Angkor Wat


Ok, I'm in Cambodia, and that means I have to see Angkor Wat, right?  Now Angkor Wat gets more than 2 million visitors a year, and it's a safe bet that they--and millions of others who will never be able to visit--don't consider it a burden or obligation.

So a little confession here.  I'm kind of ruined out, templed out.  I mean, I visited Petra, Machu Picchu, Monte Alban, Jerash, numerous Anasazi sites in the American Southwest, and a few more I've forgotten the names of.  They're all fascinating in their way.  But look, most of them are ruins because the people left them (well, yes, some under great duress).  Doesn't that tell you something?

All right, after that insipid, unconvincing disclaimer, let me re-affirm that the Angkor complex of structures (which includes Angkor Wat, Angkor Thom, Bayon, Banteay Srei, and many others) is pretty damn impressive



From the air you see the wide moat that surrounds it



And the actual approach to it is striking--seen here with my guide, BonLy

Step back a bit and take in the panorama (which I stitched together as a poor man's wide angle shot)





One difficulty with doing a piece on Angkor Wat (i.e., the Angkor complex of temples and structures) is that it's so vast--structurally, historically, functionally.  A few photos will not begin to do it justice.  And since there's so much written about it on 3dub, I won't attempt an exposition.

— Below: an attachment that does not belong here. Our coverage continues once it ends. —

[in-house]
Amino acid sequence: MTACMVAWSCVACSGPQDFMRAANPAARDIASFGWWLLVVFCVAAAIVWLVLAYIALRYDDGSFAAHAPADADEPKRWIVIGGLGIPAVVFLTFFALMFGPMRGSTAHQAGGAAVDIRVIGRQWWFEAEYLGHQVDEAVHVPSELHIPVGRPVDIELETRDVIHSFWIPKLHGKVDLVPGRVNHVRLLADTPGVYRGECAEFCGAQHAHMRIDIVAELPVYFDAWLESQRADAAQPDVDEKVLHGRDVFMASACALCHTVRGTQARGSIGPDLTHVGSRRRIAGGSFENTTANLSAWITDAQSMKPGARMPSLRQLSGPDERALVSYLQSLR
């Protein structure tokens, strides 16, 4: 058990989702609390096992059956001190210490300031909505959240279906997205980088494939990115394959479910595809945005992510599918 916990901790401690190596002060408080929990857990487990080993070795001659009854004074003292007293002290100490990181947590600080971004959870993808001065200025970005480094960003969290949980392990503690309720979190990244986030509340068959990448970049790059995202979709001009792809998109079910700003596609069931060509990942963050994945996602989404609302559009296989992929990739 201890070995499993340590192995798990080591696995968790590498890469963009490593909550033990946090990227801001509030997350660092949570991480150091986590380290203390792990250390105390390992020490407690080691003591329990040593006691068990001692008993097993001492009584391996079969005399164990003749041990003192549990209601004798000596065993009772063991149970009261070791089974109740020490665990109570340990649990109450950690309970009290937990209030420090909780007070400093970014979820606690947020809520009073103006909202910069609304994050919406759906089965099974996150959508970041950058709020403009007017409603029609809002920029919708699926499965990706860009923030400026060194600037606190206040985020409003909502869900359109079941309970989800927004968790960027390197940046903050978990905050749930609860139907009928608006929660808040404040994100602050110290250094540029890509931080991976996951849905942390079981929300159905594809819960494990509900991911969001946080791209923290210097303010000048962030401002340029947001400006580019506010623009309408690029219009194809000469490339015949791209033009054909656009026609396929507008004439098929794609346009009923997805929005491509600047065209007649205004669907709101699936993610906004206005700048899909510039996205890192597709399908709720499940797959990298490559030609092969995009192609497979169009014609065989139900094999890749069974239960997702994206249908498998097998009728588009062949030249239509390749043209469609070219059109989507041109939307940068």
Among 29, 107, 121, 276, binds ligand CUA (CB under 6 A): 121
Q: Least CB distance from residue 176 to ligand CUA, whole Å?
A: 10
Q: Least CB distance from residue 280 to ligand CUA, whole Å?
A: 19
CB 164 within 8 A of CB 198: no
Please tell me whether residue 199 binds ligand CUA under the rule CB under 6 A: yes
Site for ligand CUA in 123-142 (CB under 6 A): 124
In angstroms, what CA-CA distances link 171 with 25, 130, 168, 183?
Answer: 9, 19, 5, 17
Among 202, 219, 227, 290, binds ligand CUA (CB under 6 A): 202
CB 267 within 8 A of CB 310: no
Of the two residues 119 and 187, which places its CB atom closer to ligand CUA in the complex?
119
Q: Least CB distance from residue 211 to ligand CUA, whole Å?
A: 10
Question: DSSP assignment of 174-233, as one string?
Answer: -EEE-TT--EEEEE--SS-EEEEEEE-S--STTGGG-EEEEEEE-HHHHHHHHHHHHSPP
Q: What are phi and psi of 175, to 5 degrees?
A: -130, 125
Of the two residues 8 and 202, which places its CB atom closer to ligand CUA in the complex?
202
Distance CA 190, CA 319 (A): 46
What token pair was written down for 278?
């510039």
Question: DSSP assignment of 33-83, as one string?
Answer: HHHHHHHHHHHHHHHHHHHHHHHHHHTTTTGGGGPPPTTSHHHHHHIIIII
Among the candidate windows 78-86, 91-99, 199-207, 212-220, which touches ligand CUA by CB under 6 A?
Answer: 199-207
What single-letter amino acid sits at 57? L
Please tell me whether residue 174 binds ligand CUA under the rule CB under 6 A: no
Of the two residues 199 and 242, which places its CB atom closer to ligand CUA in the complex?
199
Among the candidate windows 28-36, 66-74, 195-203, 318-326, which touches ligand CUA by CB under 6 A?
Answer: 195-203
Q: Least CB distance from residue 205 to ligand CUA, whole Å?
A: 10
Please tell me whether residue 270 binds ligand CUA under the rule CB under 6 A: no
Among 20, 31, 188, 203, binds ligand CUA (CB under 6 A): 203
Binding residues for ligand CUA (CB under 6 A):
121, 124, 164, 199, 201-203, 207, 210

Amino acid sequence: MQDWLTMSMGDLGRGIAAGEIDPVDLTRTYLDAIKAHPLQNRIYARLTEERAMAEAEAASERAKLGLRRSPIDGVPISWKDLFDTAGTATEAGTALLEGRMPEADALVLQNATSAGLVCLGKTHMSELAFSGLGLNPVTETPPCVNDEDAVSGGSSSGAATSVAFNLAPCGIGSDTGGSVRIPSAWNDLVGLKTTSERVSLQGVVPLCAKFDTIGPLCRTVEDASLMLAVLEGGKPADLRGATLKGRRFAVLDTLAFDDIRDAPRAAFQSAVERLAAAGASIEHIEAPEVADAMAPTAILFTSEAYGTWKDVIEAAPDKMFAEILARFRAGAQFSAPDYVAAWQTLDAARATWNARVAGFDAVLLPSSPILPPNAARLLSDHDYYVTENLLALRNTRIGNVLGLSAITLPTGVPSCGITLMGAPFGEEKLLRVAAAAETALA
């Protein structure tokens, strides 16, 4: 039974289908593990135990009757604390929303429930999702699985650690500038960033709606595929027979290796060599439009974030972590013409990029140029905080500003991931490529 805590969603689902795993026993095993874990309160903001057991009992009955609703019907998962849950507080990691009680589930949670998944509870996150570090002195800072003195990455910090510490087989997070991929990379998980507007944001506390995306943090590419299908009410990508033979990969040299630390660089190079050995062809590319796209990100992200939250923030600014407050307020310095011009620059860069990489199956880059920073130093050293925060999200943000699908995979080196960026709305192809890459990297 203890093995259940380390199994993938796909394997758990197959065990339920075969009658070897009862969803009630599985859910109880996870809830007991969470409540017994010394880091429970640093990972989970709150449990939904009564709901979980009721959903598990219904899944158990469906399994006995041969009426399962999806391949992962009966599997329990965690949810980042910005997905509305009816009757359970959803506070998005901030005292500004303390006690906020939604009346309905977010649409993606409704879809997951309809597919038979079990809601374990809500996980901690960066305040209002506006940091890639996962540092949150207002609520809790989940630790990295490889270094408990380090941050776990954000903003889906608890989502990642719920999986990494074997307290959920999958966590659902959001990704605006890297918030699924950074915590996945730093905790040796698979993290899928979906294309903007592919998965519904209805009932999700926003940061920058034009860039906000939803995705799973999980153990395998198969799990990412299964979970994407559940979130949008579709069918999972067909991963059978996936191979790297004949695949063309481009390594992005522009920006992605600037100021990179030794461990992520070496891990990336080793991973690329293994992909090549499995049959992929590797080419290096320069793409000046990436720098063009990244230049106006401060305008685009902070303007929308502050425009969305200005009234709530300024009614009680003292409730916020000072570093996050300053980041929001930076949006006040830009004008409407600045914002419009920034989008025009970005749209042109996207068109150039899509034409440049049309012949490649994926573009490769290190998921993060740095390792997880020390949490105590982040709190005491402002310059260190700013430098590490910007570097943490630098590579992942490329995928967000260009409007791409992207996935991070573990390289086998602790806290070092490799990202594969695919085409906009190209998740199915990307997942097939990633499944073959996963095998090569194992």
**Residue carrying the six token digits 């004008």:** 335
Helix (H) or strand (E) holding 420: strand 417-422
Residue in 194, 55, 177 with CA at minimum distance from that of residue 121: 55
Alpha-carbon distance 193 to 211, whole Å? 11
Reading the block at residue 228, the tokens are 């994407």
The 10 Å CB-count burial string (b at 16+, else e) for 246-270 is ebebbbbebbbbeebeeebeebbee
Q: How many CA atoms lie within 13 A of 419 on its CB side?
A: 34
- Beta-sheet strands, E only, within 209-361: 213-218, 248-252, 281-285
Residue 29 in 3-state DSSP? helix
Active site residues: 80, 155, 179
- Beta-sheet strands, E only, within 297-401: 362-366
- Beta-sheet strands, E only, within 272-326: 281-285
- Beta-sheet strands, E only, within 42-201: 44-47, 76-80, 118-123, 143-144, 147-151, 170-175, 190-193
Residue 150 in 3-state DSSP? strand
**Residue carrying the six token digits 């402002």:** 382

So just a few snippets

(Actually, I'm doing this piece only to please my cousin Ryan, who loves the Angkor stuff)




Angkor Wat is Cambodia's most prized monument, an integral part of the national psyche


Angkor Wat was built in the 12th and 13th centuries

By comparison, the Chaco Canyon ruins in the American Southwest date from 900 to 1150




You pass by some guardians




Climb a tower



And survey the landscape that it dominates




Bayon is another temple in the Angkor complex



with quite impressive detailed glyphs carved in the walls



telling stories, extolling heroes




and many, many Buddha faces




Some ancient, some recent



and some being worshipped by visitors




not always reverently



We passed this cluster of buildings


If two people had a legal quarrel, they'd each be put in one cell

Whoever didn't contract disease or infirmity was deemed innocent



It takes days to visit all the Angkor sites.  I don't have that kind of patience or perseverence



I did enjoy Banteay Srei, however, a much more modest temple 




with much elaborately detailed carvings in the stone



And along the approach to Banteay Srei, music by survivors of land mine explosions




here a graphic reminder of the price paid

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